Growing up in East India, Ashar Minhas never even saw a gym.
“Traditionally back home in India, (a) woman is usually the housewife ,” she explains. “Most of them are just having kids and (being) a housewife and working at home and doing things for the husbands and nothing for themselves, really.”
Minhas’ marriage was arranged despite the fact that she already had been living in the Canada for five years at the time. Cultural rules forbade her from performing physical labor, but today Minhas trains at CrossFit VO2 Max in Grande Prairie, Alta., and she feels far better than when she was inactive.
“I never thought that I could go to the gym,” she says. “I was always thinking that I’m going to be like my mom and I’ll be sick like her.”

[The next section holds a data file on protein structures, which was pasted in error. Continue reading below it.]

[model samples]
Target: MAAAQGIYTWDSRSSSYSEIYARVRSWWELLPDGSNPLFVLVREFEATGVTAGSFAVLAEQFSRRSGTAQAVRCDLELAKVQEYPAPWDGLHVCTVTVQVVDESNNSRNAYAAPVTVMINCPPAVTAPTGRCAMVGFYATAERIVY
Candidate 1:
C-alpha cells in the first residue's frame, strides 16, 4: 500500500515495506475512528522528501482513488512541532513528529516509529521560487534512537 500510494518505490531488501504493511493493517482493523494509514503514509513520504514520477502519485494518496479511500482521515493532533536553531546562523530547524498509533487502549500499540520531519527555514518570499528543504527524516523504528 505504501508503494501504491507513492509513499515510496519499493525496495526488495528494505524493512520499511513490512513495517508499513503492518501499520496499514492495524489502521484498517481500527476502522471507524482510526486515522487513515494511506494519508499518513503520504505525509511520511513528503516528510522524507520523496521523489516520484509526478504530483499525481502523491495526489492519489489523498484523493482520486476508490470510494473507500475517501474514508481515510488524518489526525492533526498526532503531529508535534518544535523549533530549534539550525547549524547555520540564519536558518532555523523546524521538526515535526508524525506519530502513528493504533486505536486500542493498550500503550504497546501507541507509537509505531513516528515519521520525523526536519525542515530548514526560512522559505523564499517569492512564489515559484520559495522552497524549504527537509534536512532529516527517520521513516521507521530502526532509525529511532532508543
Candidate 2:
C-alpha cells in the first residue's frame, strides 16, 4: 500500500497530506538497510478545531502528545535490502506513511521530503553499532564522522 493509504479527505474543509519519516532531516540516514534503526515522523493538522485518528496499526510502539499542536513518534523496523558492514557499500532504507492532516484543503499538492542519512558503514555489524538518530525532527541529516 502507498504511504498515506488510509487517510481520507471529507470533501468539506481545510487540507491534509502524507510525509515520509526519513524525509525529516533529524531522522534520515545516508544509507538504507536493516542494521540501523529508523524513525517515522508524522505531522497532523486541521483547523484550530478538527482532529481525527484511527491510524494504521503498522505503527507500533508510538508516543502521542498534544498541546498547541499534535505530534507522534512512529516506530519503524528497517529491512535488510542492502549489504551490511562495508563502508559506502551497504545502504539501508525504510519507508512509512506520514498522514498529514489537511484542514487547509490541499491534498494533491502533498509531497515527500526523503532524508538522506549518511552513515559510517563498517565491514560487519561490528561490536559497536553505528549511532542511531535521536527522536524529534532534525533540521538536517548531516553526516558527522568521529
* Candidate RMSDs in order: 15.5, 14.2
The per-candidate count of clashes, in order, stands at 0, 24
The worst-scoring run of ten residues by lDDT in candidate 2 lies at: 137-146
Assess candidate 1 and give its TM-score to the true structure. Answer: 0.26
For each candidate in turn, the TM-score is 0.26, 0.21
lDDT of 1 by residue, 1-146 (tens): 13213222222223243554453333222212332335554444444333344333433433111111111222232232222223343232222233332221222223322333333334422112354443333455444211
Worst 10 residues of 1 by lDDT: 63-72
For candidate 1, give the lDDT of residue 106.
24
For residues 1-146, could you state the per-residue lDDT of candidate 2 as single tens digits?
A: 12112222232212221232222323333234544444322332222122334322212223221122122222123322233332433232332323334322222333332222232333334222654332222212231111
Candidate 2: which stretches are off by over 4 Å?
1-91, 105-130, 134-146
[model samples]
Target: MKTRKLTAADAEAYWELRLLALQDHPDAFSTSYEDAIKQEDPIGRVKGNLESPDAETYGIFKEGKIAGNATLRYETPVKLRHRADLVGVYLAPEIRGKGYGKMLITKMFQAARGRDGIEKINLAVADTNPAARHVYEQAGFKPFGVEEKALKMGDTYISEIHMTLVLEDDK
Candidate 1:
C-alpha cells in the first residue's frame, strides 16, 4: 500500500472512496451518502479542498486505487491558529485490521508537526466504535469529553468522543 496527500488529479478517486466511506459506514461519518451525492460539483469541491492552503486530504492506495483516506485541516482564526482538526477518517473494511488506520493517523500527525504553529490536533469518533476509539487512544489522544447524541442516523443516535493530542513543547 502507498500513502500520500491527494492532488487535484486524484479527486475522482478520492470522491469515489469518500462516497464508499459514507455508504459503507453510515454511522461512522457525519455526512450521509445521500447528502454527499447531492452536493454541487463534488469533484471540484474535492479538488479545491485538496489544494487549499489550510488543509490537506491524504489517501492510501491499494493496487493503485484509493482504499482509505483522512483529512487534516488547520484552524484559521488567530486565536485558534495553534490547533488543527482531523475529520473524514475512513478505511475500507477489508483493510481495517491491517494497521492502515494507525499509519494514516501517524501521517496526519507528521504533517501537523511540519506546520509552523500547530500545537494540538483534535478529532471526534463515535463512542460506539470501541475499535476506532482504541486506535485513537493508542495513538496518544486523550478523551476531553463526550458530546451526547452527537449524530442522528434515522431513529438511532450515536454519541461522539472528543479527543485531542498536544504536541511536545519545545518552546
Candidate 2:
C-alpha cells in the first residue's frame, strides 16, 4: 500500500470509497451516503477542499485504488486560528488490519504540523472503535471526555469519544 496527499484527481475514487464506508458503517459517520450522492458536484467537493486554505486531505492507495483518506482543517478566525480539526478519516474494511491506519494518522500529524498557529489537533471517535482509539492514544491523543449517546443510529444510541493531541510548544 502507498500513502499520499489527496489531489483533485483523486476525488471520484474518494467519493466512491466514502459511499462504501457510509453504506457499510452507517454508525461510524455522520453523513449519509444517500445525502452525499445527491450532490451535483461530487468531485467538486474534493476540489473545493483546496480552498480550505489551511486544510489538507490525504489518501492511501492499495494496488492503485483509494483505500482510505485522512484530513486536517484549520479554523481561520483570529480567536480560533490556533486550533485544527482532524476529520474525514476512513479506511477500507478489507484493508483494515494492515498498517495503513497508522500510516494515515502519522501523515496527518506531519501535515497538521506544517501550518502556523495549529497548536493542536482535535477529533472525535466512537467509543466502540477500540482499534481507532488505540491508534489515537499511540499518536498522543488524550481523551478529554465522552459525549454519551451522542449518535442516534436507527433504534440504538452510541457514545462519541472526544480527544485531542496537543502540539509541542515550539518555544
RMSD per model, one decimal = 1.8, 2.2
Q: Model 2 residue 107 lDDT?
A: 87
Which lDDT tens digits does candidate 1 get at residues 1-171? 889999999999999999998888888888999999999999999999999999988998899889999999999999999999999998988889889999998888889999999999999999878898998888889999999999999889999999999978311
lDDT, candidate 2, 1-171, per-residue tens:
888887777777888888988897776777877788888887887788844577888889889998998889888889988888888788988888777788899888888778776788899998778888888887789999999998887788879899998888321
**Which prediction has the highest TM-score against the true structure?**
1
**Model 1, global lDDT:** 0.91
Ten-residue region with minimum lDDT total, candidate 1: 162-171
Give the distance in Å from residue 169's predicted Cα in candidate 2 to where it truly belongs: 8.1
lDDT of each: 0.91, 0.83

Minhas adds: “I never thought that I could be like this.”
A self-described “troublemaker,” Minhas decided to break with conservative cultural tradition and go against her husband’s wishes. By doing so, she’s found both mental and physical strength.
“My husband still doesn’t know that (a man) trains me,” Minhas says.
She adds: “He can see that I’m getting stronger, that I can do the things that I’ve never done in my life. It has changed lots of things in my life just coming to the gym.”
Video by Jeremy Podlog and Mike Warkentin.
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Additional reading: The Extraordinary Vijai Raj by Jesse O’Brien, published April 6, 2011.